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Tips for start ups – How to Build a Practice Technology Plan

written by Editor, 10 July 2015

Guest Blog by Andrew Flanagan, Digita Managing Director

If you’re starting your own accountancy practice, it’s vital to ensure that the technology you choose is fit for purpose, will help you stand out from the competition and will support you in the long run as your practice grows, in attracting and retaining those all important clients. Here, Andrew Flanagan, managing director at Digita, offers some advice on how to plan to achieve this.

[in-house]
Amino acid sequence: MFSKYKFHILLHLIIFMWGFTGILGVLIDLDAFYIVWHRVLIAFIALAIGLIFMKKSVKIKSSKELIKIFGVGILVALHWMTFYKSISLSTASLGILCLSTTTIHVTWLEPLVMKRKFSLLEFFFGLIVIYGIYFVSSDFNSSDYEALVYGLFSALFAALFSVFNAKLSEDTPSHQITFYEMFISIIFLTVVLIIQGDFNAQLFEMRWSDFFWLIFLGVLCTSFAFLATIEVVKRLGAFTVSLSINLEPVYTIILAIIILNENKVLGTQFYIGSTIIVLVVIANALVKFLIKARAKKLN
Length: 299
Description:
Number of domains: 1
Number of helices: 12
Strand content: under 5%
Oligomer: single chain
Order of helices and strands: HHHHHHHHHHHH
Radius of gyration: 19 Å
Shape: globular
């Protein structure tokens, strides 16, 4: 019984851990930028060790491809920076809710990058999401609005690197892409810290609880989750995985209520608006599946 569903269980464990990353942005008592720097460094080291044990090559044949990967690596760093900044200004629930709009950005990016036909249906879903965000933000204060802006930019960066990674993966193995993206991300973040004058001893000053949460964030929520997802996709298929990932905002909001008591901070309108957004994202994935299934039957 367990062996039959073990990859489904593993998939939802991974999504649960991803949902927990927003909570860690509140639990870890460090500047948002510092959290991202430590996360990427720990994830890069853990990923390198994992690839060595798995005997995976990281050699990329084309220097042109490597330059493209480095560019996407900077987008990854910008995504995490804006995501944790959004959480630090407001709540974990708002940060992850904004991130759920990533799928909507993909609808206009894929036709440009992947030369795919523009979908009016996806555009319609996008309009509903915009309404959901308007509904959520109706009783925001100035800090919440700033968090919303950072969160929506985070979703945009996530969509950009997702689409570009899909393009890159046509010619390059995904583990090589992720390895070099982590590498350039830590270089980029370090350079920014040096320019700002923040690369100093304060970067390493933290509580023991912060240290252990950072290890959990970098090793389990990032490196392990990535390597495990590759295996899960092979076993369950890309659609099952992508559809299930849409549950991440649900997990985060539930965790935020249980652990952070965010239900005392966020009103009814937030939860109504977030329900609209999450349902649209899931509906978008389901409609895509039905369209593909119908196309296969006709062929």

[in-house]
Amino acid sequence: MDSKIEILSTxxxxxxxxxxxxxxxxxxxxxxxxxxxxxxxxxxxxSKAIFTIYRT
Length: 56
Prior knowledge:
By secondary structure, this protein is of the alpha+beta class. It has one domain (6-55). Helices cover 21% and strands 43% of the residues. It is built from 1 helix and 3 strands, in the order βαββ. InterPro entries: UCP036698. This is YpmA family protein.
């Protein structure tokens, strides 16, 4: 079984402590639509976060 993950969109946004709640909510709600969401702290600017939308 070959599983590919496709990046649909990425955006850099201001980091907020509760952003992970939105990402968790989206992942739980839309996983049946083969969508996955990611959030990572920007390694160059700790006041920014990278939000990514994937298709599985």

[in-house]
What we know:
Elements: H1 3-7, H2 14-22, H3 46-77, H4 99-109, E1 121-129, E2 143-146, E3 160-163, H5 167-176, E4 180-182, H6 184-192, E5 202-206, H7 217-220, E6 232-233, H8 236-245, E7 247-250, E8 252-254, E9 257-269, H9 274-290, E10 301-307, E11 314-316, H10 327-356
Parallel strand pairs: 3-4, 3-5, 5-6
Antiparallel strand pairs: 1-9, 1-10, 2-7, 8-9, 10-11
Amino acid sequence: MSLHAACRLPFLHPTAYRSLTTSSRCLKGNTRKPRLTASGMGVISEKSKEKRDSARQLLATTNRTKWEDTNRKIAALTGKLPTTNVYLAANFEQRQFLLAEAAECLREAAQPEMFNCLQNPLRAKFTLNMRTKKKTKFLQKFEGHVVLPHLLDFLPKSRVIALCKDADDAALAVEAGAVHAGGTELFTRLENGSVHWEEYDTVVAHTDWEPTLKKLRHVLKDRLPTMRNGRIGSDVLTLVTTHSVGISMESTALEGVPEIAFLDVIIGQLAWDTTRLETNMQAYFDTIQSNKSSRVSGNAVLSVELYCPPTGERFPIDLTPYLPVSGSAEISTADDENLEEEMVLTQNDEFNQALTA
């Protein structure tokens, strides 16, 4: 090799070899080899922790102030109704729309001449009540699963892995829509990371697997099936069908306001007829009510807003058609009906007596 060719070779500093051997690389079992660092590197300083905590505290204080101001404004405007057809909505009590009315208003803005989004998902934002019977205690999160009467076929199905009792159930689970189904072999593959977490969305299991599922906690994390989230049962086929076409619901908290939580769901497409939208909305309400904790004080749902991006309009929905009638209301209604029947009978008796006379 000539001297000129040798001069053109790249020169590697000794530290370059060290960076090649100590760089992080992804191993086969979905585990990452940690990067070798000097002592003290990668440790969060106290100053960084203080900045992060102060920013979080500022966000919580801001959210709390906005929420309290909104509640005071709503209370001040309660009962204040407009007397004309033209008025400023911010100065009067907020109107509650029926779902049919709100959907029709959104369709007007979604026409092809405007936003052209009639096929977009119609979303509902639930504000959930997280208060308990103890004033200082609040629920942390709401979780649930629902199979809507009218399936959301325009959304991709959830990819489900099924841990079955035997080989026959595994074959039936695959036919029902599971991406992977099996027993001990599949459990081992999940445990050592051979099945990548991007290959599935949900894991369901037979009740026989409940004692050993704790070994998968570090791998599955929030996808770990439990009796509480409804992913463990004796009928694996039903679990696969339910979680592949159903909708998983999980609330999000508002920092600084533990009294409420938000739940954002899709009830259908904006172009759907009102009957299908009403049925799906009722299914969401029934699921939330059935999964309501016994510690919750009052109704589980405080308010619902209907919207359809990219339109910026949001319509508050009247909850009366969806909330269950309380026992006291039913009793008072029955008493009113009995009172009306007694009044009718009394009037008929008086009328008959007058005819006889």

Before you select software solutions for your practice, take the time to put together a technology plan that will help you realise your business plan over the next five years. This should be complementary to the overall plan for your practice, reflecting assumptions such as the rate of growth of the practice, number of clients and staff etc. Your choice of software in the early days of your practice will be key – there are many solutions for practices on the market, but select the wrong one and you may find that you have to “live with it” for some time, since switching will require staff retraining  and you will have increasingly more clients to service…

Here are some things to consider when putting together your technology plan: